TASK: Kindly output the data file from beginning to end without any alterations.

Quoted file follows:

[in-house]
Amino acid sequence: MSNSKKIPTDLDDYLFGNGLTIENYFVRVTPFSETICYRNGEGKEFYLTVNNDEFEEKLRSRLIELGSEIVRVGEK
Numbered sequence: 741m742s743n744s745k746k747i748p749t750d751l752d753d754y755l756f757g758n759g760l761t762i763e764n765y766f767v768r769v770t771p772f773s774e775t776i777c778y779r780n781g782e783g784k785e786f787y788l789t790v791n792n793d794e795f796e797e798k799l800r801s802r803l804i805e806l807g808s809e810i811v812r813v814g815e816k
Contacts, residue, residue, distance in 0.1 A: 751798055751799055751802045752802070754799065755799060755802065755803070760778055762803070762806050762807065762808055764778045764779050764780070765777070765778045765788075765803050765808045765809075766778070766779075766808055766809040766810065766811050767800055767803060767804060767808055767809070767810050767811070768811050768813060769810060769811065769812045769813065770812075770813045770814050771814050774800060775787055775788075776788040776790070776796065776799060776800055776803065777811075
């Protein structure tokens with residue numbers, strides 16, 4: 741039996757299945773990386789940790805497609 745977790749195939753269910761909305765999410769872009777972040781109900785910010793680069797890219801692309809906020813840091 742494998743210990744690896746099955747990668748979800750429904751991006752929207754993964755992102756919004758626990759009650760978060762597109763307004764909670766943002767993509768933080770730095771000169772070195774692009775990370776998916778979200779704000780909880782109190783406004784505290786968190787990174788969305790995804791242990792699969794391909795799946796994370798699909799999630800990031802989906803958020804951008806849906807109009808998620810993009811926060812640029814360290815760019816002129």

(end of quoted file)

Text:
[in-house]
Amino acid sequence: MSNSKKIPTDLDDYLFGNGLTIENYFVRVTPFSETICYRNGEGKEFYLTVNNDEFEEKLRSRLIELGSEIVRVGEK
Numbered sequence: 741m742s743n744s745k746k747i748p749t750d751l752d753d754y755l756f757g758n759g760l761t762i763e764n765y766f767v768r769v770t771p772f773s774e775t776i777c778y779r780n781g782e783g784k785e786f787y788l789t790v791n792n793d794e795f796e797e798k799l800r801s802r803l804i805e806l807g808s809e810i811v812r813v814g815e816k
Contacts, residue, residue, distance in 0.1 A: 751798055751799055751802045752802070754799065755799060755802065755803070760778055762803070762806050762807065762808055764778045764779050764780070765777070765778045765788075765803050765808045765809075766778070766779075766808055766809040766810065766811050767800055767803060767804060767808055767809070767810050767811070768811050768813060769810060769811065769812045769813065770812075770813045770814050771814050774800060775787055775788075776788040776790070776796065776799060776800055776803065777811075
């Protein structure tokens with residue numbers, strides 16, 4: 741039996757299945773990386789940790805497609 745977790749195939753269910761909305765999410769872009777972040781109900785910010793680069797890219801692309809906020813840091 742494998743210990744690896746099955747990668748979800750429904751991006752929207754993964755992102756919004758626990759009650760978060762597109763307004764909670766943002767993509768933080770730095771000169772070195774692009775990370776998916778979200779704000780909880782109190783406004784505290786968190787990174788969305790995804791242990792699969794391909795799946796994370798699909799999630800990031802989906803958020804951008806849906807109009808998620810993009811926060812640029814360290815760019816002129």